The Writing on the Wall
The writing on the wall—hundreds of names and cryptic messages dating to the 1890’s scratched, carved, penciled on the south wall of the building at 123 South Broadway. Who were these people and why did they feel compelled to leave us these mysteries on soft yellow bricks? Who was Walden from Minot, North Dakota? In an era when twenty miles per hour was breakneck speed, what was he doing three hundred miles from home? What was so significant about Easter Sunday, 1896, that a long-gone passerby rendered it—misspelled—three times in flowing script? How far did Slim Berg get after carving "heading south" next to his name on June 9, 1918?
The Pelican Rapids City Administrator Richard Jenson had no idea the writing was even there; neither did a previous City Clerk, a native Pelicanite since 1915; nor did Marguerite Andrews, the grande dame of local amateur historians. The Otter Tail County Historical Society, likewise, could offer no clues.
The earliest history of Pelican Rapids dates from easterner William H. Tuttle’s 1870 sawmill, which harnessed the rushing water near the present Mill Pond dam to saw lumber for settlers’ cabins. Though Tuttle limped back East after being fleeced and ruined by Gordon Gordon, an English butler masquerading as royalty, hordes of land–hungry Swedish and Norwegian immigrants "proved up" their homestead claims to surrounding farmland. It was a wildly enthusiastic age. The Civil War was over and business was booming, fueled by a great rush to settle the Great Plains. Boosters envisioned Pelican Rapids as "the Chicago of the Northwest" and track laying crews raced to spike the first rails into our community.
A deal cut in smokey corporate boardrooms, however, bypassed Pelican Rapids, entirely. The Great Northern finally arrived in June of 1882, on a twenty mile dead–end spur north from Fergus Falls.
The real estate abstract of the South Broadway building traces the development of the community—land ceded to the St. Paul Pacific Railroad, giving way in Federal Court to the Northern Pacific, and finally being acquired by robber baron James G. Hill of the Great Northern. The land was eventually sold to pioneer speculator R. L. Frazee, another Easterner who was buying up all water power sites along the Pelican River. Frazee plotted dozens of twenty–five foot city lots, two of which were sold to Scandinavians Anderson and Stensrud. Then came a mortgage for six thousand dollars for a building of local yellow brick.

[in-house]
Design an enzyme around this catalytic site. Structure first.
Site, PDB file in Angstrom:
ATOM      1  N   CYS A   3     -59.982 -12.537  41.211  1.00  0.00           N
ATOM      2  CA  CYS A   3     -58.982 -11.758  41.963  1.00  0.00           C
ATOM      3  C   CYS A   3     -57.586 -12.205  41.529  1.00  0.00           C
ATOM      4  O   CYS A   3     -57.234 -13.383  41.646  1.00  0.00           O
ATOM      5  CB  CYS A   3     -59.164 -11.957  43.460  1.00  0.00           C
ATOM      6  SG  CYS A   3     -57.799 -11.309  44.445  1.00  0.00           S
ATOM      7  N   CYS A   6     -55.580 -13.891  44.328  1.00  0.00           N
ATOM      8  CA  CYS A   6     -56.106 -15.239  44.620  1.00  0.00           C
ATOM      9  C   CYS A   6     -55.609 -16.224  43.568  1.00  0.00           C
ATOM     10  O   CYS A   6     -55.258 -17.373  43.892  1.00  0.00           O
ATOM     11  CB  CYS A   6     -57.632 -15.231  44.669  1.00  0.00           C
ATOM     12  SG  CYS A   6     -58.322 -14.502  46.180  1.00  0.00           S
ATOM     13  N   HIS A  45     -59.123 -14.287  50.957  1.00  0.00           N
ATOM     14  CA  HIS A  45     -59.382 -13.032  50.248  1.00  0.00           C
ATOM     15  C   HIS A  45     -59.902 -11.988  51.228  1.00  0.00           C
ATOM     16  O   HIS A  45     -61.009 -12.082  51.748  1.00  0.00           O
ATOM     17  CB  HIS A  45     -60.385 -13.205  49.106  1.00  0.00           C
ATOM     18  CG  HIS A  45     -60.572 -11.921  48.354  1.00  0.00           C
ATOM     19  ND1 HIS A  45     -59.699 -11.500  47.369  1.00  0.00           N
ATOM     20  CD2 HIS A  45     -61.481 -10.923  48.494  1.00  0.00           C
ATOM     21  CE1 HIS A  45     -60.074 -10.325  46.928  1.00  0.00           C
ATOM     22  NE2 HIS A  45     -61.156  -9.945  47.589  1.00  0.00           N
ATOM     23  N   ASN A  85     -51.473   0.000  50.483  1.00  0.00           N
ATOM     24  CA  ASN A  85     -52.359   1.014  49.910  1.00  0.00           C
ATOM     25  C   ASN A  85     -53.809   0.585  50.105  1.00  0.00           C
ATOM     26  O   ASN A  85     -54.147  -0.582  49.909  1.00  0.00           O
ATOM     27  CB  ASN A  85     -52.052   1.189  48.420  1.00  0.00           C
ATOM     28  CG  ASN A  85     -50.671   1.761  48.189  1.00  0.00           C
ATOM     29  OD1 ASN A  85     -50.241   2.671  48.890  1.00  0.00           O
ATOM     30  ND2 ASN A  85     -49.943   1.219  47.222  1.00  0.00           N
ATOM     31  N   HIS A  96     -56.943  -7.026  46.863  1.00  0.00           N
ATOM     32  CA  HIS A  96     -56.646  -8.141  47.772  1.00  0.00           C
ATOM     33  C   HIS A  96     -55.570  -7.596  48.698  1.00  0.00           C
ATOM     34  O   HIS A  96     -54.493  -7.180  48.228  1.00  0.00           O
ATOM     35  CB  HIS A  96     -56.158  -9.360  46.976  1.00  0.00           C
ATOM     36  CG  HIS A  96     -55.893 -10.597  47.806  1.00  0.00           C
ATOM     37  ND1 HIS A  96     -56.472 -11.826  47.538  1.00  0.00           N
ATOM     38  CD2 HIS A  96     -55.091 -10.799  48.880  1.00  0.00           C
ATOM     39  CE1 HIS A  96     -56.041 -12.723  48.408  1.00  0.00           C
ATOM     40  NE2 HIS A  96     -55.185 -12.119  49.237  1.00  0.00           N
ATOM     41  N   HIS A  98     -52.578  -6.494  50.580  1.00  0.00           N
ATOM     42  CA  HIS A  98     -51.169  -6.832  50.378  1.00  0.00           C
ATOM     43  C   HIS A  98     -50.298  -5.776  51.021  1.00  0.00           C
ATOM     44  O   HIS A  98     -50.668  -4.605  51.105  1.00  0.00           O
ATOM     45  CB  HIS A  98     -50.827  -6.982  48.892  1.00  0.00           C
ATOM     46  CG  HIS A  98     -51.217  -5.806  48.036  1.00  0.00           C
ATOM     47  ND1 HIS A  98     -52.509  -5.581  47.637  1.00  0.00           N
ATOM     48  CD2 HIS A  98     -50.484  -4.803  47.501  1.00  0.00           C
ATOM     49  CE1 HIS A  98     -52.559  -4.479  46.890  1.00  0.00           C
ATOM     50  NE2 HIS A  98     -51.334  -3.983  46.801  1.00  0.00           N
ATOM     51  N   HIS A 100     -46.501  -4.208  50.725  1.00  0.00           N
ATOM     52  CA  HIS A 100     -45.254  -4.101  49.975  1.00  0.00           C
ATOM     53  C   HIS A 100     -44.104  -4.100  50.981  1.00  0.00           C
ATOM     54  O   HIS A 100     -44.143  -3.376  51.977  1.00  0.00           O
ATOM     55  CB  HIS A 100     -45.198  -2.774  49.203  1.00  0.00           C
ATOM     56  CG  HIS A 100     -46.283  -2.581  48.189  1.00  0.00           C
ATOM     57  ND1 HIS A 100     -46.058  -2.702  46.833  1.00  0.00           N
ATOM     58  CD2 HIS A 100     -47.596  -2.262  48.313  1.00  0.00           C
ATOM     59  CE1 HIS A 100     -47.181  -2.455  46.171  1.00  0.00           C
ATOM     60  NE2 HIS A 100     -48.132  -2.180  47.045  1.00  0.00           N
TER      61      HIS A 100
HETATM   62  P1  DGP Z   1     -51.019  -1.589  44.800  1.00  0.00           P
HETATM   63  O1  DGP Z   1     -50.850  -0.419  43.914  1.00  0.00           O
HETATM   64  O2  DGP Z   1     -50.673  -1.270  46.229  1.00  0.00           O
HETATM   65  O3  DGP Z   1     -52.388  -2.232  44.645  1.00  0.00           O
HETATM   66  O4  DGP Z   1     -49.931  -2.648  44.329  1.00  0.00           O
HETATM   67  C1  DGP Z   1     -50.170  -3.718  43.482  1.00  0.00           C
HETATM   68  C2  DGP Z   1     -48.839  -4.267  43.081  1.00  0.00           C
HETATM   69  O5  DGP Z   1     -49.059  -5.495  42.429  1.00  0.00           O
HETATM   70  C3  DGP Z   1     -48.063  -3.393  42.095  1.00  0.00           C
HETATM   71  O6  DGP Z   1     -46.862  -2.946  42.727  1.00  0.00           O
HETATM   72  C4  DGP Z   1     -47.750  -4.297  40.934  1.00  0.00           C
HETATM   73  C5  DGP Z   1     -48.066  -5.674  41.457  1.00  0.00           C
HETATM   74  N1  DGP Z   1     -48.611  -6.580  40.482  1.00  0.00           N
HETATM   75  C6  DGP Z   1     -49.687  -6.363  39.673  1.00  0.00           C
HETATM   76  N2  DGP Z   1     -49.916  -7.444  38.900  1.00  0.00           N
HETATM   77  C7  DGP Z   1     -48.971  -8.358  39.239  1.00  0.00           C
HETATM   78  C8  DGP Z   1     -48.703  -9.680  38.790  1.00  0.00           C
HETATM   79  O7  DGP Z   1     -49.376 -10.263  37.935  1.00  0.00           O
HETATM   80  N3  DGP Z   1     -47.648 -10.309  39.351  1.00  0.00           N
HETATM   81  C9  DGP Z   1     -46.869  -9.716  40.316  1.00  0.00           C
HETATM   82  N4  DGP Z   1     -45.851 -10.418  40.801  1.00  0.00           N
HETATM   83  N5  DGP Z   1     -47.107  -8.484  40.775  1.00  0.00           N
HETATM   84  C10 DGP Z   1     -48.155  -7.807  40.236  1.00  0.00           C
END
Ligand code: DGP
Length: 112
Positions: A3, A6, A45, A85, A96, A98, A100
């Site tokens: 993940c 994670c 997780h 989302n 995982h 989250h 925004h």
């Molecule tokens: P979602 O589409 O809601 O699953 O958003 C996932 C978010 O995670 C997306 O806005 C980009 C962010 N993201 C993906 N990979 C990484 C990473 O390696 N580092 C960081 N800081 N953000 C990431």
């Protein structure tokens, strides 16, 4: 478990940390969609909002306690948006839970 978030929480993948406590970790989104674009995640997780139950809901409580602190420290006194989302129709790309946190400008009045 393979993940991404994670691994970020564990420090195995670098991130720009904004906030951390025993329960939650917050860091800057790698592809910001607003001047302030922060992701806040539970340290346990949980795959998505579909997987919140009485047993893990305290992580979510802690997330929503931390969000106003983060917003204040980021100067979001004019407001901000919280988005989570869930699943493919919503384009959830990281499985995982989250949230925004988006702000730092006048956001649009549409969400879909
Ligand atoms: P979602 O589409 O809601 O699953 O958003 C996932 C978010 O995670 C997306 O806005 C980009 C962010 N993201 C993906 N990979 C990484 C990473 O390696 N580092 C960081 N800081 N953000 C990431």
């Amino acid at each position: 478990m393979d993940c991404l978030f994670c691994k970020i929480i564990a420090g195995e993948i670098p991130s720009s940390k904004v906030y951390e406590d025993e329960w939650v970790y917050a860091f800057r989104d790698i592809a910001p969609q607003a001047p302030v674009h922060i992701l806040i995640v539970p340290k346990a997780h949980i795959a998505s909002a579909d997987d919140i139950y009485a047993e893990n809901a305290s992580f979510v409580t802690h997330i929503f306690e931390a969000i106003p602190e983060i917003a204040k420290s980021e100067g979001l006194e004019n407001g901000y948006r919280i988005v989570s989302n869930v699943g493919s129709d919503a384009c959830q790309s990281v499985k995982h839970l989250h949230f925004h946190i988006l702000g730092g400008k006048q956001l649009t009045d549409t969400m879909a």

Homemade brick chimneys and the searing heat of wood stoves led to disasters. Nervous Chicago, St. Paul, and Fargo insurance underwriters requested information to assess their liabilities. In 1895, the Sanborn Map Company of Chicago published a survey of downtown buildings, now on file at the city office, showing a general store at 123 South Broadway, between the Scandia Hotel and the Pelican Billiards Parlor, directly across the street from the Great Northern Depot. A broad arrow careening diagonally northwest to southeast noted the direction of the prevailing wind, that could conceivably blow a raging fire across town.
In 1917, the store was bought by the emerging Pelican Telephone Company and used to house their newfangled switchboard—and incidentally, the town’s only public telephone for the following thirty years.
And so, the pieces begin to fall into place—a sheltered spot midway between the hotel and pool hall, across the street from the depot, convenient to the only public telephone for twenty miles. It was a perfect spot for purposeful but momentarily bored travelers, itinerant farm workers following the harvest, perhaps a hobo or two—all waiting for the "Pelican Flyer," the Great Northern on a twenty mile dead–end run that would carry them down the clicking and shining rails to the rest of their lives.
In time, their graffiti attracted others—locals Adella Lundhagen, married in 1935 to Russell Knutson, who carried three generations of Pelican school children in lumbering yellow buses, and Lavonne Berg, now over fifty, who deftly rendered her name in pencil as a twelve–year–old.
And it continues. Only a year ago, a resident of the apartment occupying the former switchboard office awoke to early morning laughter outside her bedroom window. Rising to investigate, she found two teenage girls on their way to school, giggling away from the words, "Brian loves Tina."